Mary Altaffer, Associated Press
FREMONT, Calif. — Stunts, stagecraft, scripts — and a touch of the surreal — shaped the presidential campaign Thursday as Mitt Romney and President Barack Obama sought an edge on voters' No. 1 issue, the economy.
On one coast, Romney made a surprise trip to the former California headquarters of solar-panel manufacturer Solyndra to accuse Obama of currying favor with campaign supporters by giving a federal loan to the green energy company that later went bankrupt.
"This half-a-billion-dollar taxpayer investment represents a serious conflict of interest on the part of the president and his team," the Republican presidential candidate said as he stood outside the shuttered company and held it up as Exhibit A of presidential missteps on the economy.
He offered no proof of his claim during a visit that was shrouded in a highly unusual amount of secrecy because, aides said, the campaign feared Obama would interfere with his Republican rival's plans to appear there.
At roughly the same time across the country in Boston, Obama's campaign staged its own event outside Massachusetts' Statehouse to argue that Romney's record as governor from 2003 to 2007 proves he is ill-prepared to manage the nation's economy.
"Romney economics didn't work then and it won't work now," Obama campaign strategist David Axelrod said at a news conference, pointing to a poor record of job creation, increased fees and the addition of $2.6 billion to the state's debt on Romney's watch.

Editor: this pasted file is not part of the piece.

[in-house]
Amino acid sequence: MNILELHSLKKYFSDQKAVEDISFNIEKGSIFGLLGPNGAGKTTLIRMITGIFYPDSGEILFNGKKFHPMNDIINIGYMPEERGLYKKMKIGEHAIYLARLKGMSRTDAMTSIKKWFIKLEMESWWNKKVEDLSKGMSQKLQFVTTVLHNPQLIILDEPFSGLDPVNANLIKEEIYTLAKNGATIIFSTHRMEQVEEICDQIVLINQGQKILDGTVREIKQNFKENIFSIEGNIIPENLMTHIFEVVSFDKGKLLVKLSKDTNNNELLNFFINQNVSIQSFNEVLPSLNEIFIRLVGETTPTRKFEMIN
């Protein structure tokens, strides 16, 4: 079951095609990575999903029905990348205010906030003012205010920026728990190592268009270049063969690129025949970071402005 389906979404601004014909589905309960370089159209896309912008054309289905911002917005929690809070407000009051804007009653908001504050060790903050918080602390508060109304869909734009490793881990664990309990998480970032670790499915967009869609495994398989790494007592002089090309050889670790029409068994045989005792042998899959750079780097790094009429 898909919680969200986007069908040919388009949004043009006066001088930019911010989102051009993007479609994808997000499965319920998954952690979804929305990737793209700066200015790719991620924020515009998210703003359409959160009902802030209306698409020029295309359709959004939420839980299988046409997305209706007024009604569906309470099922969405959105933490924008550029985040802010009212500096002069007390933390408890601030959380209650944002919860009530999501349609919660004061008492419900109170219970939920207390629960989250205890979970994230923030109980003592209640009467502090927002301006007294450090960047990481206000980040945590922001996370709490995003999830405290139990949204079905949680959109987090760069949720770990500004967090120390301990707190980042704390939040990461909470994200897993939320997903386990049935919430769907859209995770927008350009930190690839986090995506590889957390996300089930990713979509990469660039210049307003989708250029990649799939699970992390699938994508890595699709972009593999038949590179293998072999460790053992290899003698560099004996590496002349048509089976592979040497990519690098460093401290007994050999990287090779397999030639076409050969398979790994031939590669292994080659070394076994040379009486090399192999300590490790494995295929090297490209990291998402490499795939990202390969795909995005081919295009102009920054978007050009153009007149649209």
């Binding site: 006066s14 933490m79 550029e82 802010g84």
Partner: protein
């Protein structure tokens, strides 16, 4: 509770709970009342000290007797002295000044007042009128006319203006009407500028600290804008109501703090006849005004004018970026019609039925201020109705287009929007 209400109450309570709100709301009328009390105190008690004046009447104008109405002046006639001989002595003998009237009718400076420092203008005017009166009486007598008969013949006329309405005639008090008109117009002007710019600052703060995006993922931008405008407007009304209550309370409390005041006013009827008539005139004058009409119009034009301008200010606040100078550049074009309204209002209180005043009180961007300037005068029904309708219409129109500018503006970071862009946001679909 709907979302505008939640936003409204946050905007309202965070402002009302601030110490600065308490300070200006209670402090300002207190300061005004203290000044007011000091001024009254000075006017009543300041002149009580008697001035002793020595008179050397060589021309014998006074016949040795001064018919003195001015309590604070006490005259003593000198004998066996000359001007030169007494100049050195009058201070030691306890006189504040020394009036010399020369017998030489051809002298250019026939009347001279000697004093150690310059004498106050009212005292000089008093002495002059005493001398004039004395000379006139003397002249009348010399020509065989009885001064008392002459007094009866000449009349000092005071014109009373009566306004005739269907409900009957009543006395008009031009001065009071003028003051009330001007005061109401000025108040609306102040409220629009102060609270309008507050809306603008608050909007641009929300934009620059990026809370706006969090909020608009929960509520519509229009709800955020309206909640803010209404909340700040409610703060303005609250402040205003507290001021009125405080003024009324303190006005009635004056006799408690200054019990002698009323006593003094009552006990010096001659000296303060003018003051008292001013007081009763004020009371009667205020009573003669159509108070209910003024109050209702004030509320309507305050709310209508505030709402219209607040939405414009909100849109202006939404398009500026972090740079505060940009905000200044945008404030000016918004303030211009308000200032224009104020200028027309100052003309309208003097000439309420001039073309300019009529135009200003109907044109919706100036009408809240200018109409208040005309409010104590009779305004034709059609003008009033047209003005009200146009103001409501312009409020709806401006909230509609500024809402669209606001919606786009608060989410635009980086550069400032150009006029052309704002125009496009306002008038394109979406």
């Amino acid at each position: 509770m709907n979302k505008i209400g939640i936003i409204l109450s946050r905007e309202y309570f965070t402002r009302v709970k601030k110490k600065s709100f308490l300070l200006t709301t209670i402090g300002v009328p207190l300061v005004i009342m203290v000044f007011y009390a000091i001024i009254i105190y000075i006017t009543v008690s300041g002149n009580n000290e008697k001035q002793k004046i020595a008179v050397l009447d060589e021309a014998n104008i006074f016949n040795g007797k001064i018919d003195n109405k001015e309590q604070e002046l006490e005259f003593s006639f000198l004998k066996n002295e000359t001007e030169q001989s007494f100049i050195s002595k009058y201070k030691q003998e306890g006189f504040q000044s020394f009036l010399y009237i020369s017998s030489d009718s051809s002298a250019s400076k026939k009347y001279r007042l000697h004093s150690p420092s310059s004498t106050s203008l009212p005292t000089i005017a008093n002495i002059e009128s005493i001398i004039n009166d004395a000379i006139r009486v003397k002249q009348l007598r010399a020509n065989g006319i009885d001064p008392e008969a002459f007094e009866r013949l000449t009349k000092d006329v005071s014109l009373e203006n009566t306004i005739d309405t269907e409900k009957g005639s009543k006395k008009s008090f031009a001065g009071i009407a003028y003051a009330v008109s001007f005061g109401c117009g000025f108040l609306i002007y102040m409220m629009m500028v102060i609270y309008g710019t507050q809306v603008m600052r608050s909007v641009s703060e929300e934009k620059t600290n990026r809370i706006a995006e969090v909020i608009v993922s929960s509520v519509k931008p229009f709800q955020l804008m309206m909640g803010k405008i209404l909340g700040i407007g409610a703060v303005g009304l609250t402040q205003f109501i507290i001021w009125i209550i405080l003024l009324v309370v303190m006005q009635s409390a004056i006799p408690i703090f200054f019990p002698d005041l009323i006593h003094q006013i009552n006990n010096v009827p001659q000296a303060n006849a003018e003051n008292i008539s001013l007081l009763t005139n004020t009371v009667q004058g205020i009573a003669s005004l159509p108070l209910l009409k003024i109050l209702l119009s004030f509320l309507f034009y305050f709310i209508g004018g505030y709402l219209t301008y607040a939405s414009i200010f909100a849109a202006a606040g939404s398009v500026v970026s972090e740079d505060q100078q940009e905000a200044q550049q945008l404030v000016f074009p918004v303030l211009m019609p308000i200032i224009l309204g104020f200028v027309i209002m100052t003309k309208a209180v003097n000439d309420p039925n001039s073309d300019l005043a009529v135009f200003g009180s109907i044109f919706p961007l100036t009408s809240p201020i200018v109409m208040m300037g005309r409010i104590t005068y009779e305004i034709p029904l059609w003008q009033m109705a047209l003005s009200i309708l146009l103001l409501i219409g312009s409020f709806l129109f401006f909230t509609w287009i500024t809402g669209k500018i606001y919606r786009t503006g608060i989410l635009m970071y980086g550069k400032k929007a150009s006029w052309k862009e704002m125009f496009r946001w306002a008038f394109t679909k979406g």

Axelrod's appearance attracted several dozen Romney supporters, including many who protested loudly by chanting "Where are the jobs?" and holding signs that said "Obama isn't working."
The competing events, complete with rival Web videos and frenzied backers, made for an oddball day on the campaign trail and showed the degree to which Obama and Romney's teams are trying to undercut each other's economic credentials during the nation's slow-moving recovery, easily the top issue for voters.
The jockeying also came one day before Friday's May employment report, which will offer the latest window into the nation's economy.
Economists were expecting the report to say that employers added 158,000 jobs, which would be better than the past two months but well below the winter's pace of 252,000 jobs per month. They also expect no change in the unemployment rate, which was 8.1 percent in April.
Obama, himself, stayed above the fray of the day, embracing an opportunity to appear presidential as his Republican rival struggled to draw attention to his campaign.
The Democratic incumbent was at the White House on Thursday. He appeared with former President George W. Bush, the man he repeatedly blames for the nation's economic turmoil, for the unveiling of Bush's official portrait during a rare, nonpolitical event in an election year.
But on this day, Obama had little to say about the campaign and kept a bipartisan tone during the unveiling.
"We may have our differences politically, but the presidency transcends those differences. We all love this country," Obama said as the last two Republican presidents, George W. Bush, and his father, George H.W. Bush, looked on.
Romney was far more direct.
He staged what amounted to almost a taunt to the president by traveling to the shuttered Solyndra plant here. His campaign didn't announce the event location or subject in advance and barred reporters from disclosing the venue until arrival. A senior Romney aide said the campaign was concerned the Obama administration would work with local officials to prevent Romney from holding an event there.
Yet, for all the preparation, and underscoring the challenge of being the challenger, Romney's event was pre-empted by live cable TV coverage of the Bush portrait unveiling.
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